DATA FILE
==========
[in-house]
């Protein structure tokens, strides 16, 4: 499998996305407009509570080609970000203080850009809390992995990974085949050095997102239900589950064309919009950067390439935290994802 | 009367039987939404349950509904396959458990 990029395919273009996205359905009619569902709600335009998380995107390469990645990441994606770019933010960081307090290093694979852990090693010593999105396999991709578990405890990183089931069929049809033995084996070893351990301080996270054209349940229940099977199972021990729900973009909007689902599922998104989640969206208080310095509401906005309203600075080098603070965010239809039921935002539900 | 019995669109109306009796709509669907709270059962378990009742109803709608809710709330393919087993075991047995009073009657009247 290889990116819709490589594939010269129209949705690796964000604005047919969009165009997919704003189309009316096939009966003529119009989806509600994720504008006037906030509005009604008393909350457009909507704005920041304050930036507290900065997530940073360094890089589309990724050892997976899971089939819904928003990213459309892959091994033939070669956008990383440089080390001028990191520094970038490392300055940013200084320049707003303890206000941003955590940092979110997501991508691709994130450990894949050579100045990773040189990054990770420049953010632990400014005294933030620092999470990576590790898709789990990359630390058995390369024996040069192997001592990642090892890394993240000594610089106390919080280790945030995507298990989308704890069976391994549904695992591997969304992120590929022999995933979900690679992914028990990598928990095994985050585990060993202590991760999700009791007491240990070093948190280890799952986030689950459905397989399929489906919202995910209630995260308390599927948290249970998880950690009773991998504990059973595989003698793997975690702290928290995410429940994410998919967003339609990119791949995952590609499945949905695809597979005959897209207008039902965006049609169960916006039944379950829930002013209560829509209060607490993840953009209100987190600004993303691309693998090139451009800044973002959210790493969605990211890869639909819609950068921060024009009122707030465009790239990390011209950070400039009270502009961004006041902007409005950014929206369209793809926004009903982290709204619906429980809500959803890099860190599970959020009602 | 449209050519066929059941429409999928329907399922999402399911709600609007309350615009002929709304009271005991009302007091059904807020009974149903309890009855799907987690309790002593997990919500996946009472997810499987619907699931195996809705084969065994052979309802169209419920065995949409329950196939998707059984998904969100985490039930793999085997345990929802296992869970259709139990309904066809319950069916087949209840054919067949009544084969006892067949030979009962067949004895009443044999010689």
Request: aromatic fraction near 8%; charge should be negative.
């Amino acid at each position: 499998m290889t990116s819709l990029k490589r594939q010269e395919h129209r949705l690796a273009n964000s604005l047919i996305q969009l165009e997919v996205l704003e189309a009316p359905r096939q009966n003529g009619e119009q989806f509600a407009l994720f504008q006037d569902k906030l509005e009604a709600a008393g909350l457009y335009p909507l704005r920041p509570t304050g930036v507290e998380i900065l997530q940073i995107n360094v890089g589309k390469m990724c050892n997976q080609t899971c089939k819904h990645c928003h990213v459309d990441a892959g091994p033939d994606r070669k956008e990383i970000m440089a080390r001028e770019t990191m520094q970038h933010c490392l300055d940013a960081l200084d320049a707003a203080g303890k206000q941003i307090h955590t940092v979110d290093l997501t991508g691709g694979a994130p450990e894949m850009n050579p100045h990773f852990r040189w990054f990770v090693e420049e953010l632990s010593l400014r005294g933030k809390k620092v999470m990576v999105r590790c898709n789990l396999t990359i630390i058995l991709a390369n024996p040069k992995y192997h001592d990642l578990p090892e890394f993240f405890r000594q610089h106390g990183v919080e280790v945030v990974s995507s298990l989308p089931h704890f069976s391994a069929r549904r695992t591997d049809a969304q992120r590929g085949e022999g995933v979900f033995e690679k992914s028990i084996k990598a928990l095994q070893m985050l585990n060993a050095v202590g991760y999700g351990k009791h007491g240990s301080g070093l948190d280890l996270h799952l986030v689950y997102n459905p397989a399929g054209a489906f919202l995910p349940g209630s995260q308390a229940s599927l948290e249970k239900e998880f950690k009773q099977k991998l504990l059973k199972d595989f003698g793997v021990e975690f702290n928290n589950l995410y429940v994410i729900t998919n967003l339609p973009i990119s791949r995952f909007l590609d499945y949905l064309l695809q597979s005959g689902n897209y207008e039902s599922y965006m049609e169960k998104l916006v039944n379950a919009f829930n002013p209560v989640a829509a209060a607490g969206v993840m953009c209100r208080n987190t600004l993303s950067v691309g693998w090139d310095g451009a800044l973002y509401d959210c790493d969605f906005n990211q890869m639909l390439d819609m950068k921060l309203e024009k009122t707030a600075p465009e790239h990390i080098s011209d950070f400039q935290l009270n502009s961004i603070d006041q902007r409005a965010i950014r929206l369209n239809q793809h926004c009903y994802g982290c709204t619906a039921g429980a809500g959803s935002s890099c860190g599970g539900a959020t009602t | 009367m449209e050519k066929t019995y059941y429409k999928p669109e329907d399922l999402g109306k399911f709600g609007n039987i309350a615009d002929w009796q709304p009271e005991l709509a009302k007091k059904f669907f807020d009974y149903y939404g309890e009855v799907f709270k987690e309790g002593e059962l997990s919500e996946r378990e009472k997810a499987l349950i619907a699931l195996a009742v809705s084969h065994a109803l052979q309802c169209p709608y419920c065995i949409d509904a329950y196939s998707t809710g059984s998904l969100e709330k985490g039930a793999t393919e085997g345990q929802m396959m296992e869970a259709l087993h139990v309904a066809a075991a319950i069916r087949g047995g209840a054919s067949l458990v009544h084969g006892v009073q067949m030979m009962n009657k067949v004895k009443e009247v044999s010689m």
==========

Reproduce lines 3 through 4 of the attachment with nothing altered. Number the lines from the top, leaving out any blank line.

Request: aromatic fraction near 8%; charge should be negative.
């Amino acid at each position: 499998m290889t990116s819709l990029k490589r594939q010269e395919h129209r949705l690796a273009n964000s604005l047919i996305q969009l165009e997919v996205l704003e189309a009316p359905r096939q009966n003529g009619e119009q989806f509600a407009l994720f504008q006037d569902k906030l509005e009604a709600a008393g909350l457009y335009p909507l704005r920041p509570t304050g930036v507290e998380i900065l997530q940073i995107n360094v890089g589309k390469m990724c050892n997976q080609t899971c089939k819904h990645c928003h990213v459309d990441a892959g091994p033939d994606r070669k956008e990383i970000m440089a080390r001028e770019t990191m520094q970038h933010c490392l300055d940013a960081l200084d320049a707003a203080g303890k206000q941003i307090h955590t940092v979110d290093l997501t991508g691709g694979a994130p450990e894949m850009n050579p100045h990773f852990r040189w990054f990770v090693e420049e953010l632990s010593l400014r005294g933030k809390k620092v999470m990576v999105r590790c898709n789990l396999t990359i630390i058995l991709a390369n024996p040069k992995y192997h001592d990642l578990p090892e890394f993240f405890r000594q610089h106390g990183v919080e280790v945030v990974s995507s298990l989308p089931h704890f069976s391994a069929r549904r695992t591997d049809a969304q992120r590929g085949e022999g995933v979900f033995e690679k992914s028990i084996k990598a928990l095994q070893m985050l585990n060993a050095v202590g991760y999700g351990k009791h007491g240990s301080g070093l948190d280890l996270h799952l986030v689950y997102n459905p397989a399929g054209a489906f919202l995910p349940g209630s995260q308390a229940s599927l948290e249970k239900e998880f950690k009773q099977k991998l504990l059973k199972d595989f003698g793997v021990e975690f702290n928290n589950l995410y429940v994410i729900t998919n967003l339609p973009i990119s791949r995952f909007l590609d499945y949905l064309l695809q597979s005959g689902n897209y207008e039902s599922y965006m049609e169960k998104l916006v039944n379950a919009f829930n002013p209560v989640a829509a209060a607490g969206v993840m953009c209100r208080n987190t600004l993303s950067v691309g693998w090139d310095g451009a800044l973002y509401d959210c790493d969605f906005n990211q890869m639909l390439d819609m950068k921060l309203e024009k009122t707030a600075p465009e790239h990390i080098s011209d950070f400039q935290l009270n502009s961004i603070d006041q902007r409005a965010i950014r929206l369209n239809q793809h926004c009903y994802g982290c709204t619906a039921g429980a809500g959803s935002s890099c860190g599970g539900a959020t009602t | 009367m449209e050519k066929t019995y059941y429409k999928p669109e329907d399922l999402g109306k399911f709600g609007n039987i309350a615009d002929w009796q709304p009271e005991l709509a009302k007091k059904f669907f807020d009974y149903y939404g309890e009855v799907f709270k987690e309790g002593e059962l997990s919500e996946r378990e009472k997810a499987l349950i619907a699931l195996a009742v809705s084969h065994a109803l052979q309802c169209p709608y419920c065995i949409d509904a329950y196939s998707t809710g059984s998904l969100e709330k985490g039930a793999t393919e085997g345990q929802m396959m296992e869970a259709l087993h139990v309904a066809a075991a319950i069916r087949g047995g209840a054919s067949l458990v009544h084969g006892v009073q067949m030979m009962n009657k067949v004895k009443e009247v044999s010689m």